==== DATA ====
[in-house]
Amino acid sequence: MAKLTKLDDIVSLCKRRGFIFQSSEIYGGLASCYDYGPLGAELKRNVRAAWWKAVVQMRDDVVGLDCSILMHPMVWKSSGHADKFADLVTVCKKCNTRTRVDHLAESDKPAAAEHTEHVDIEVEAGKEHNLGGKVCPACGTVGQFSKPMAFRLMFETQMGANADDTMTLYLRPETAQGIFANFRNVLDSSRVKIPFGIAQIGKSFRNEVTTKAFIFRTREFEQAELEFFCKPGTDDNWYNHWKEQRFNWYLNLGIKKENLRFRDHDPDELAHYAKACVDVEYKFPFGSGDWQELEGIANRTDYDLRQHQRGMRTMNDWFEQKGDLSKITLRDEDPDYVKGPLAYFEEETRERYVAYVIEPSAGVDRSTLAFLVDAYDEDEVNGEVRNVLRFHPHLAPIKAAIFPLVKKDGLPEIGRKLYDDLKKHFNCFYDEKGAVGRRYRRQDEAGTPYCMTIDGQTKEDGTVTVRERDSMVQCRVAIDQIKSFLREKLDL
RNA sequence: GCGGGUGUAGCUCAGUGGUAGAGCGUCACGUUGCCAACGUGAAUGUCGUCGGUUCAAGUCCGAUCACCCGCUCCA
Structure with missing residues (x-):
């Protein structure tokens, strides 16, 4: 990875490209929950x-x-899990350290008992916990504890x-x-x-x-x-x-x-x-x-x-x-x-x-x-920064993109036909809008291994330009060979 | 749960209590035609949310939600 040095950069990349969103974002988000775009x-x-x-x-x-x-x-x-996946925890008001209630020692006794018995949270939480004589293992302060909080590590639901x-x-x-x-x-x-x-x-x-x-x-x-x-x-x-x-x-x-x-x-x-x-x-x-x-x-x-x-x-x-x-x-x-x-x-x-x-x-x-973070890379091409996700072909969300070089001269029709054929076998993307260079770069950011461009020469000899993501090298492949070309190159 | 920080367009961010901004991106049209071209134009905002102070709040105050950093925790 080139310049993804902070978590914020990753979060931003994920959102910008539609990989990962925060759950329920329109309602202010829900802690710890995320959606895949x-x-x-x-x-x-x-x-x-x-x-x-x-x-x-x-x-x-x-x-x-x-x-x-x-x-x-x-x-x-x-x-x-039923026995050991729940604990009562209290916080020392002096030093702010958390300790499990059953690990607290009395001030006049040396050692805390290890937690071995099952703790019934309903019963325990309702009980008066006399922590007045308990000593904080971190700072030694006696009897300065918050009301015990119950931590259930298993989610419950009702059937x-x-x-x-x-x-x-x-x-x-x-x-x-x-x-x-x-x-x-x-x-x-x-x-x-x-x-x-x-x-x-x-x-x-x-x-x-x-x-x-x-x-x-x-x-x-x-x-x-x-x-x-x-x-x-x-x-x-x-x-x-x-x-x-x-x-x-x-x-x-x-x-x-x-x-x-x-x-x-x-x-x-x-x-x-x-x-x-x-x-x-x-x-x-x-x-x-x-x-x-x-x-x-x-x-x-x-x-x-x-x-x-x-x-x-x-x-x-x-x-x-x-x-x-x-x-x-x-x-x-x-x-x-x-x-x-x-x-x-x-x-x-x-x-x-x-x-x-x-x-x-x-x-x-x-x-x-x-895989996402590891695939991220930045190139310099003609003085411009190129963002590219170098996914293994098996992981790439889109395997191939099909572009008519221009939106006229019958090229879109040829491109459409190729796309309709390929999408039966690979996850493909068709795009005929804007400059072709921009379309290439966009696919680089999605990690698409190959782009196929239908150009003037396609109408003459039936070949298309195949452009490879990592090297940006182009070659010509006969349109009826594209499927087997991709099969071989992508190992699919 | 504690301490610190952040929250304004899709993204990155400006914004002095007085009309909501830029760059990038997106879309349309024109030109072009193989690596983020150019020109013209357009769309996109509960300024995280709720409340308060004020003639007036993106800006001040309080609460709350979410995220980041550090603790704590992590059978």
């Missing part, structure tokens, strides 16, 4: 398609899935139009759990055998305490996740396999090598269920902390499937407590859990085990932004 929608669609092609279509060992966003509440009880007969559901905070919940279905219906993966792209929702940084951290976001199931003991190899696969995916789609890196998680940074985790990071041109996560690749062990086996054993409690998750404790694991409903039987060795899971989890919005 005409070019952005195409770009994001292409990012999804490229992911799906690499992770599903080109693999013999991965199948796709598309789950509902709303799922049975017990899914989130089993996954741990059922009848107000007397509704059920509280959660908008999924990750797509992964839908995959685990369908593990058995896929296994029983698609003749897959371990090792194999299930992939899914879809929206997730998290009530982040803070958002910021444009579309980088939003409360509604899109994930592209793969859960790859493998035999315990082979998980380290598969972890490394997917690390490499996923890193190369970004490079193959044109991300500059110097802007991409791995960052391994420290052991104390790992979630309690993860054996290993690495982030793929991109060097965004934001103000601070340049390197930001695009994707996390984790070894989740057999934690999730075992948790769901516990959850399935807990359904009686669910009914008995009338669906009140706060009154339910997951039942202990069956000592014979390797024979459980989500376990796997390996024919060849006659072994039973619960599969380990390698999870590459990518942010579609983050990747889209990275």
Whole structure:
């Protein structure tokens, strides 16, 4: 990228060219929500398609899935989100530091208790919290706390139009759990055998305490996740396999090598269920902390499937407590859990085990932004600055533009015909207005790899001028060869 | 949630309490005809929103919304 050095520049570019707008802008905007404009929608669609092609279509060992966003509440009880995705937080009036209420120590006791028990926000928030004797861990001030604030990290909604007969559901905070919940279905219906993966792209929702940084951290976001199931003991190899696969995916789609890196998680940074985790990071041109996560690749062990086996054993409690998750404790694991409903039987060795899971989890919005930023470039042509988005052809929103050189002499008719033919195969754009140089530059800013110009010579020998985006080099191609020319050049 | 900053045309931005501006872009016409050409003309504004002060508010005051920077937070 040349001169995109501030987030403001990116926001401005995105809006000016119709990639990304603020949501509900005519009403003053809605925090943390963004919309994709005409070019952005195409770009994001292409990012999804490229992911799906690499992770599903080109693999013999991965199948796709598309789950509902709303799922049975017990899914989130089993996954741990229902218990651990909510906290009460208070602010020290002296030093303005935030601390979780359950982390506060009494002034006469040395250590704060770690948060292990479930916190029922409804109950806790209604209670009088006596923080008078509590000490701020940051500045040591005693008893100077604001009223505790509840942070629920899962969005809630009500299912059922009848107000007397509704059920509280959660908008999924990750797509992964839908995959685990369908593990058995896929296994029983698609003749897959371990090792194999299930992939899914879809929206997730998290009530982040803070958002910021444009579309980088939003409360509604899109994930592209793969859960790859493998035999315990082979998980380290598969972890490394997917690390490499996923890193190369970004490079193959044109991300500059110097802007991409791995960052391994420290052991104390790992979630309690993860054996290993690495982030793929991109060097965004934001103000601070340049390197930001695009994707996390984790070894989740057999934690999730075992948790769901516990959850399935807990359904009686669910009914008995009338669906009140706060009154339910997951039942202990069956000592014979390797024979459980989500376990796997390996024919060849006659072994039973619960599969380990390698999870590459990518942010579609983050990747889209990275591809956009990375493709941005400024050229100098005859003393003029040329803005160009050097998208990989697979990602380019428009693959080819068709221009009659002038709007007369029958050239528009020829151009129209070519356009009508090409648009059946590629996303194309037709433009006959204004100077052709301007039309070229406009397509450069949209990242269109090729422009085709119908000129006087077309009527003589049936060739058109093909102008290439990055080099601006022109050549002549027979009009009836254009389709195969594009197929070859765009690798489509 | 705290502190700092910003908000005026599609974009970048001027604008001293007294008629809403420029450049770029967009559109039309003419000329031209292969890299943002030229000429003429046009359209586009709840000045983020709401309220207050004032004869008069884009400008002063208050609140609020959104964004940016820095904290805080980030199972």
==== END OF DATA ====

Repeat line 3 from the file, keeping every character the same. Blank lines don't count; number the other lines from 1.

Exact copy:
RNA sequence: GCGGGUGUAGCUCAGUGGUAGAGCGUCACGUUGCCAACGUGAAUGUCGUCGGUUCAAGUCCGAUCACCCGCUCCA